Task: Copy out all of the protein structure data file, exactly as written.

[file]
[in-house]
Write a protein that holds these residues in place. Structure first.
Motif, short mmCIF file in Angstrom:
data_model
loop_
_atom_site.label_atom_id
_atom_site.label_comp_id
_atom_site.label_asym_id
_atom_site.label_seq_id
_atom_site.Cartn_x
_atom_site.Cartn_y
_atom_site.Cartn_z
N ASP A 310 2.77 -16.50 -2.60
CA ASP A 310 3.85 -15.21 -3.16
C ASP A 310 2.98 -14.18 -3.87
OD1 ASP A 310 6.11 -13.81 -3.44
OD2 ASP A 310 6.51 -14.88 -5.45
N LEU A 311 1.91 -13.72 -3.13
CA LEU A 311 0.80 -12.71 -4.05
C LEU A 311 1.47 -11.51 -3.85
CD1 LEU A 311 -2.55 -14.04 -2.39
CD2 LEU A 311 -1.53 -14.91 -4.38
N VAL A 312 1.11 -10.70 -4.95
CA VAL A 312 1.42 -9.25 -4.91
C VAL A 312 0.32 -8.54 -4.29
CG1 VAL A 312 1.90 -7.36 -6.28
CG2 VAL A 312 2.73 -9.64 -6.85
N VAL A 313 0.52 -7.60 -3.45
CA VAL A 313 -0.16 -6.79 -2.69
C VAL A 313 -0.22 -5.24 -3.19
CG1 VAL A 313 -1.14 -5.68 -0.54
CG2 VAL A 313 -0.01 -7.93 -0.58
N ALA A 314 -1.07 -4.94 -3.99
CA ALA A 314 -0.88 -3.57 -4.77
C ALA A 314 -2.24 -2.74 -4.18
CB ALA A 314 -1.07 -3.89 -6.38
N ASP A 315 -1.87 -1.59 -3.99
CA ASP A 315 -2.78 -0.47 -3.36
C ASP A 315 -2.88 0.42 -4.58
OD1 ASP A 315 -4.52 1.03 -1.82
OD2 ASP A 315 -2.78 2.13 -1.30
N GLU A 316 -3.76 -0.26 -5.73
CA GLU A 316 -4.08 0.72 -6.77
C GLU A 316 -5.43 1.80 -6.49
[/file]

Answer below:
[in-house]
Write a protein that holds these residues in place. Structure first.
Motif, short mmCIF file in Angstrom:
data_model
loop_
_atom_site.label_atom_id
_atom_site.label_comp_id
_atom_site.label_asym_id
_atom_site.label_seq_id
_atom_site.Cartn_x
_atom_site.Cartn_y
_atom_site.Cartn_z
N ASP A 310 2.77 -16.50 -2.60
CA ASP A 310 3.85 -15.21 -3.16
C ASP A 310 2.98 -14.18 -3.87
OD1 ASP A 310 6.11 -13.81 -3.44
OD2 ASP A 310 6.51 -14.88 -5.45
N LEU A 311 1.91 -13.72 -3.13
CA LEU A 311 0.80 -12.71 -4.05
C LEU A 311 1.47 -11.51 -3.85
CD1 LEU A 311 -2.55 -14.04 -2.39
CD2 LEU A 311 -1.53 -14.91 -4.38
N VAL A 312 1.11 -10.70 -4.95
CA VAL A 312 1.42 -9.25 -4.91
C VAL A 312 0.32 -8.54 -4.29
CG1 VAL A 312 1.90 -7.36 -6.28
CG2 VAL A 312 2.73 -9.64 -6.85
N VAL A 313 0.52 -7.60 -3.45
CA VAL A 313 -0.16 -6.79 -2.69
C VAL A 313 -0.22 -5.24 -3.19
CG1 VAL A 313 -1.14 -5.68 -0.54
CG2 VAL A 313 -0.01 -7.93 -0.58
N ALA A 314 -1.07 -4.94 -3.99
CA ALA A 314 -0.88 -3.57 -4.77
C ALA A 314 -2.24 -2.74 -4.18
CB ALA A 314 -1.07 -3.89 -6.38
N ASP A 315 -1.87 -1.59 -3.99
CA ASP A 315 -2.78 -0.47 -3.36
C ASP A 315 -2.88 0.42 -4.58
OD1 ASP A 315 -4.52 1.03 -1.82
OD2 ASP A 315 -2.78 2.13 -1.30
N GLU A 316 -3.76 -0.26 -5.73
CA GLU A 316 -4.08 0.72 -6.77
C GLU A 316 -5.43 1.80 -6.49